Meeting him was of utmost interest to me.

As already mentioned gerund complements are subjects of the large group of causative psychological verbs (surprise, alarm, bore, etc.), as well as of other transitive verbs (alter, mean, imply, entail, cause, make, give, etc.) and intransitive verbs (suffice, will do).

(49) a. Howard’s coming to live with us disturbed the routine of our household.

The front door bell’s sharply ringing pierced his ears so rudely that he could not at first think what has happened to him.

(50) a. Aiming for truth brings one up against what she calls “the opacity of persons”.

Finding you here surprised me. c. Losing his fortune made him mad.

It had already been mentioned that Extra position is not in general allowed, due to the fact that gerunds are DPs. Certain adjectives (easy, hard, useless, fun, fine, worth, awkward, ill, jolly, awful, etc.) and nouns (it is no / not any / little use / good / avail, it’s worth while, it’s an awful job etc.) allow the application of Extraposition (exemples (52)). All of them have affective, evaluative meaning; moreover, the nouns appear in frozen idiomatic constructions.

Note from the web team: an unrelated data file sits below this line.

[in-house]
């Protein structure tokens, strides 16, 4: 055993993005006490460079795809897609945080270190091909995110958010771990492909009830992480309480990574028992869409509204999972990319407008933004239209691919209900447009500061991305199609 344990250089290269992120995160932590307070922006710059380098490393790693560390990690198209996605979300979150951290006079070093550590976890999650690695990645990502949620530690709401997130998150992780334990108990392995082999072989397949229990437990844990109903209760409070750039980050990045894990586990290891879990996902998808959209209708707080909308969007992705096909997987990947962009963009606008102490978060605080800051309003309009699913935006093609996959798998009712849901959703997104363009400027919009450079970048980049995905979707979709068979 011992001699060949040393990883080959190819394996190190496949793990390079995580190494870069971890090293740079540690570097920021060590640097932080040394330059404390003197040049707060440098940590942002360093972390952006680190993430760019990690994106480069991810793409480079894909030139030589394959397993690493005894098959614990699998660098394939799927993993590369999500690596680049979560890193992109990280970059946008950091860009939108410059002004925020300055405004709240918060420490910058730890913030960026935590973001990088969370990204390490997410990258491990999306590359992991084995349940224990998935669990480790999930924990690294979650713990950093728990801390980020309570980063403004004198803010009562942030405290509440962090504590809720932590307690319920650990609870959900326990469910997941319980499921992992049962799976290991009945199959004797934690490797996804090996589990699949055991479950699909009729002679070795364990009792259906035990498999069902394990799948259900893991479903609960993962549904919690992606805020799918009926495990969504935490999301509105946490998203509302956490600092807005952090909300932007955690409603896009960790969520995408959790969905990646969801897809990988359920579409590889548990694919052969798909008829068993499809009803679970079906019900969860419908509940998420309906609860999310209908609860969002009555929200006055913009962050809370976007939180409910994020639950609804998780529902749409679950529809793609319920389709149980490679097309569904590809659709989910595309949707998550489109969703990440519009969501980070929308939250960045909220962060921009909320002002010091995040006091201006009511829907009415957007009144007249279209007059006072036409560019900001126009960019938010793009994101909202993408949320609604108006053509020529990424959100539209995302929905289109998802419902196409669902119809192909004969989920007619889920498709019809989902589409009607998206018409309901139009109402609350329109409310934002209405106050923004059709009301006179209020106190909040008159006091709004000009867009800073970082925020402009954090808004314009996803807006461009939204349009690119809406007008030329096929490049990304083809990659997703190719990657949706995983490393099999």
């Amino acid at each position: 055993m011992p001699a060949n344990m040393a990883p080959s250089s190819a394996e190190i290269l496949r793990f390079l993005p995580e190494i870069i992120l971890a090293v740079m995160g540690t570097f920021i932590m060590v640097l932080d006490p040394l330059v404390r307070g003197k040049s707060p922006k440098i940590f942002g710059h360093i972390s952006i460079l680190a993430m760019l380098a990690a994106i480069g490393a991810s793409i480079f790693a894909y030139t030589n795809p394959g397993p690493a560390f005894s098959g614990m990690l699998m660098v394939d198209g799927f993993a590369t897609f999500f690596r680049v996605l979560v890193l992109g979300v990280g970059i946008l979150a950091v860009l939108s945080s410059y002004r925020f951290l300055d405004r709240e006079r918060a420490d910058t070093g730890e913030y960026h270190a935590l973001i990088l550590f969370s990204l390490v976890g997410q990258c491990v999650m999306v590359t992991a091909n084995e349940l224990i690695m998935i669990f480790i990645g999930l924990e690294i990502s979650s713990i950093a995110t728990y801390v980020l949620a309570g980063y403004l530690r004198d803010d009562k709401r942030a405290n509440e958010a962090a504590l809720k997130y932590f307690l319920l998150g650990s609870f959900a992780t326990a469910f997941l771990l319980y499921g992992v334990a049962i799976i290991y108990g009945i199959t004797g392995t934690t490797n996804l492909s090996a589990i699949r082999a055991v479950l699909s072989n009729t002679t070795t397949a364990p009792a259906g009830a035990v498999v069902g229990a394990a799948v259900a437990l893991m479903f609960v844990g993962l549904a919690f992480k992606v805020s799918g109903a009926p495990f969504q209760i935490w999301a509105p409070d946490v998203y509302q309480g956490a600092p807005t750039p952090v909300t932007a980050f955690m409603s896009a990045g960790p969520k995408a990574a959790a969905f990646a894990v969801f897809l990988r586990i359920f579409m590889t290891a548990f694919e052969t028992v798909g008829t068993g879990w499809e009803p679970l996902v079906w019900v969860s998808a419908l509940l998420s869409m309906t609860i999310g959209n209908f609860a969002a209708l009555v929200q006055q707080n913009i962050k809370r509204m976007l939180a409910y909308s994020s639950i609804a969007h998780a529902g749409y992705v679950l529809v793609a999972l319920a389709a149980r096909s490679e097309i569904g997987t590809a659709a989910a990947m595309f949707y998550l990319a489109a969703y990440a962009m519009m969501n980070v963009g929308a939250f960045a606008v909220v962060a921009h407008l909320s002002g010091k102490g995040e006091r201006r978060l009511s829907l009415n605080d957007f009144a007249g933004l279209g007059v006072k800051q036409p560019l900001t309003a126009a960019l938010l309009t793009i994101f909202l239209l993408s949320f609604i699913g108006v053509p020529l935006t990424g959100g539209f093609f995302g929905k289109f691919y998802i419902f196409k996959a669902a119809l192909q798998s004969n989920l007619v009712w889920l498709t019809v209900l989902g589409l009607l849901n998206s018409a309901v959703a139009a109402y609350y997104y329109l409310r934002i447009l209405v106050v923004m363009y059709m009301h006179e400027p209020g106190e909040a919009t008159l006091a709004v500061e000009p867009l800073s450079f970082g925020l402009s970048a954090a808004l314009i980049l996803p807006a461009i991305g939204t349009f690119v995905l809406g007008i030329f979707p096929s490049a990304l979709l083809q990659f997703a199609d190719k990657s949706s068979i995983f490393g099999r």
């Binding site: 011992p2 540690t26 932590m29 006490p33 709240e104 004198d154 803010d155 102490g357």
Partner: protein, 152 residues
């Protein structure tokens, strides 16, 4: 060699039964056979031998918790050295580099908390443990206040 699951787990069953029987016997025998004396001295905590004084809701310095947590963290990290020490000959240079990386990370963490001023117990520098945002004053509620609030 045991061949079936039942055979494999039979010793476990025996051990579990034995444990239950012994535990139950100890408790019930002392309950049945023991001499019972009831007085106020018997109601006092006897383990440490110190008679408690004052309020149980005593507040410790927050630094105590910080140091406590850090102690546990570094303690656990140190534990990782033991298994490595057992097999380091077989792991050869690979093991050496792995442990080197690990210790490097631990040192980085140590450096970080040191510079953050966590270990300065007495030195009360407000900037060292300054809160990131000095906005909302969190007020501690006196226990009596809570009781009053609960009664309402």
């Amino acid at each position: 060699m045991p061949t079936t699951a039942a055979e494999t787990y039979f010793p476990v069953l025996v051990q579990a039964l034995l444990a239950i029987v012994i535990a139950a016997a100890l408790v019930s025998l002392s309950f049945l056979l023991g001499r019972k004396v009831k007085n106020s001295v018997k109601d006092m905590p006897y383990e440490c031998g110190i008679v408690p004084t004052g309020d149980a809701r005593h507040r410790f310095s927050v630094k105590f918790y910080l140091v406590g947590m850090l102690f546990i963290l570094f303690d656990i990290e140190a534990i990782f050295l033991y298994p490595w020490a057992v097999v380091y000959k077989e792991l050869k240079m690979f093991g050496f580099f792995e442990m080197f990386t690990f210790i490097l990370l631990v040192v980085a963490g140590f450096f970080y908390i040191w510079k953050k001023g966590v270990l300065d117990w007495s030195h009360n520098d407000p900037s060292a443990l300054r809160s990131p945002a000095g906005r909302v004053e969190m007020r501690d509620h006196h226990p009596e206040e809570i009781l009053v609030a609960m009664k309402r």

The examination of the corpus indicates that, as also noticed by Milsark (1988), only subjectless gerunds can extrapose in contemporary English (sentences (52)). To account for this distribution, we assumed that, when it extraposes, the gerund may appear in a caseless position, because the ing suffix lacks a nominal feature in this case, so that the gerund will not be headed by a DP, being an IP. In contrast, in modern, as opposed to contemporary, English, it was possible to extrapose gerunds that had subjects as well.